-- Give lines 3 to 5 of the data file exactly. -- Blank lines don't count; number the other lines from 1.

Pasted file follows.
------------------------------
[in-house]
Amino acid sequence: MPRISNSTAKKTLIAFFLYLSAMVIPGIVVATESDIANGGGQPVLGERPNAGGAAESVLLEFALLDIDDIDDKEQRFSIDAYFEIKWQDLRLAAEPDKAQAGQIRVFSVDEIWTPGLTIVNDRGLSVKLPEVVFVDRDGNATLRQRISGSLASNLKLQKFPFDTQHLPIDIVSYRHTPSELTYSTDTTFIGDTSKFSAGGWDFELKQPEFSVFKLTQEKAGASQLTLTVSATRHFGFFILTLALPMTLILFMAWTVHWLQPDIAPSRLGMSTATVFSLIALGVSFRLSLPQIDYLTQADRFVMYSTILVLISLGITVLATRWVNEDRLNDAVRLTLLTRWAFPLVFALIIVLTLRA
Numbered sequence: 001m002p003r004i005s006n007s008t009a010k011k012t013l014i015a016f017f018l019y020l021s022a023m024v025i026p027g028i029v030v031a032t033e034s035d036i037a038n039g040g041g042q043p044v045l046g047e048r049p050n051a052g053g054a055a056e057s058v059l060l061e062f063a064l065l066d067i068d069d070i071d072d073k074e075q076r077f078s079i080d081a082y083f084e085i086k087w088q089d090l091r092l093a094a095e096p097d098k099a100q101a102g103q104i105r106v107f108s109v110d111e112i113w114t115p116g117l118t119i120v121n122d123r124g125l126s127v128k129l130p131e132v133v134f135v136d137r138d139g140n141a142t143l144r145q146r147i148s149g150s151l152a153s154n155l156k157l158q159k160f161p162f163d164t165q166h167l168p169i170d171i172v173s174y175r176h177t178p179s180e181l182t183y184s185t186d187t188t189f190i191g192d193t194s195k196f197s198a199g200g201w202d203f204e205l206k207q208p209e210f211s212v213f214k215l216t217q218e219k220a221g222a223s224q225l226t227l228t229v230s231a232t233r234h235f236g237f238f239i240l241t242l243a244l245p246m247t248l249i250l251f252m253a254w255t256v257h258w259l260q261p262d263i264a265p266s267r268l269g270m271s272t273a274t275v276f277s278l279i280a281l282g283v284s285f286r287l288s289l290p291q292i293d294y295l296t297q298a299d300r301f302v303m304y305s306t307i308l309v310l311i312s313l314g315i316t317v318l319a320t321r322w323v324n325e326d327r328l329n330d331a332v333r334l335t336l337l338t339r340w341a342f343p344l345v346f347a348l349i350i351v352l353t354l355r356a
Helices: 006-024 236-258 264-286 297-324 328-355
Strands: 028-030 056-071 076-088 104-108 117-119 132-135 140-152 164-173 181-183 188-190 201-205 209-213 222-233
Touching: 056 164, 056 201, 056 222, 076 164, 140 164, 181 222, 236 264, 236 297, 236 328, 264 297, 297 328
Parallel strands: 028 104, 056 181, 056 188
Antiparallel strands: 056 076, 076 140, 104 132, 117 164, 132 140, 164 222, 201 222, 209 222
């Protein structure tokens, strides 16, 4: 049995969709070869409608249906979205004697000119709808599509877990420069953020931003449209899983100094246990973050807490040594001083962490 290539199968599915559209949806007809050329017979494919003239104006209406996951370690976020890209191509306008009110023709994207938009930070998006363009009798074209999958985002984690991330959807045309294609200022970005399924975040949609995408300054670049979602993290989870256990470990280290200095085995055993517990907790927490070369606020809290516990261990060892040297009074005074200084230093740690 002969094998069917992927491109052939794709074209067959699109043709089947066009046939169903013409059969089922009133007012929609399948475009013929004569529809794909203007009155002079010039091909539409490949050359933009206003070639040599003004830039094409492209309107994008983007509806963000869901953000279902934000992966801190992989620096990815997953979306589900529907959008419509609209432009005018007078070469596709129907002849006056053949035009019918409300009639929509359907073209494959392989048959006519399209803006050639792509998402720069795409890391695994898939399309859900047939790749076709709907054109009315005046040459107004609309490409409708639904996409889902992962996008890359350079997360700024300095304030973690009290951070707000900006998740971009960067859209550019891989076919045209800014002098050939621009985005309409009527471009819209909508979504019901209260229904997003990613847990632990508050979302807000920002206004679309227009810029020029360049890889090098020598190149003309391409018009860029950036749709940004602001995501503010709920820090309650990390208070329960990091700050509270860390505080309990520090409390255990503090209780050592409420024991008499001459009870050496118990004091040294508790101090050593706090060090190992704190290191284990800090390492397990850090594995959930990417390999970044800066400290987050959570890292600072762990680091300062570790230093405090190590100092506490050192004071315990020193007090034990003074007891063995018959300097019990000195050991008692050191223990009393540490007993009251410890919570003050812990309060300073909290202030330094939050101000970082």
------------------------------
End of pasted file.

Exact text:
Numbered sequence: 001m002p003r004i005s006n007s008t009a010k011k012t013l014i015a016f017f018l019y020l021s022a023m024v025i026p027g028i029v030v031a032t033e034s035d036i037a038n039g040g041g042q043p044v045l046g047e048r049p050n051a052g053g054a055a056e057s058v059l060l061e062f063a064l065l066d067i068d069d070i071d072d073k074e075q076r077f078s079i080d081a082y083f084e085i086k087w088q089d090l091r092l093a094a095e096p097d098k099a100q101a102g103q104i105r106v107f108s109v110d111e112i113w114t115p116g117l118t119i120v121n122d123r124g125l126s127v128k129l130p131e132v133v134f135v136d137r138d139g140n141a142t143l144r145q146r147i148s149g150s151l152a153s154n155l156k157l158q159k160f161p162f163d164t165q166h167l168p169i170d171i172v173s174y175r176h177t178p179s180e181l182t183y184s185t186d187t188t189f190i191g192d193t194s195k196f197s198a199g200g201w202d203f204e205l206k207q208p209e210f211s212v213f214k215l216t217q218e219k220a221g222a223s224q225l226t227l228t229v230s231a232t233r234h235f236g237f238f239i240l241t242l243a244l245p246m247t248l249i250l251f252m253a254w255t256v257h258w259l260q261p262d263i264a265p266s267r268l269g270m271s272t273a274t275v276f277s278l279i280a281l282g283v284s285f286r287l288s289l290p291q292i293d294y295l296t297q298a299d300r301f302v303m304y305s306t307i308l309v310l311i312s313l314g315i316t317v318l319a320t321r322w323v324n325e326d327r328l329n330d331a332v333r334l335t336l337l338t339r340w341a342f343p344l345v346f347a348l349i350i351v352l353t354l355r356a
Helices: 006-024 236-258 264-286 297-324 328-355
Strands: 028-030 056-071 076-088 104-108 117-119 132-135 140-152 164-173 181-183 188-190 201-205 209-213 222-233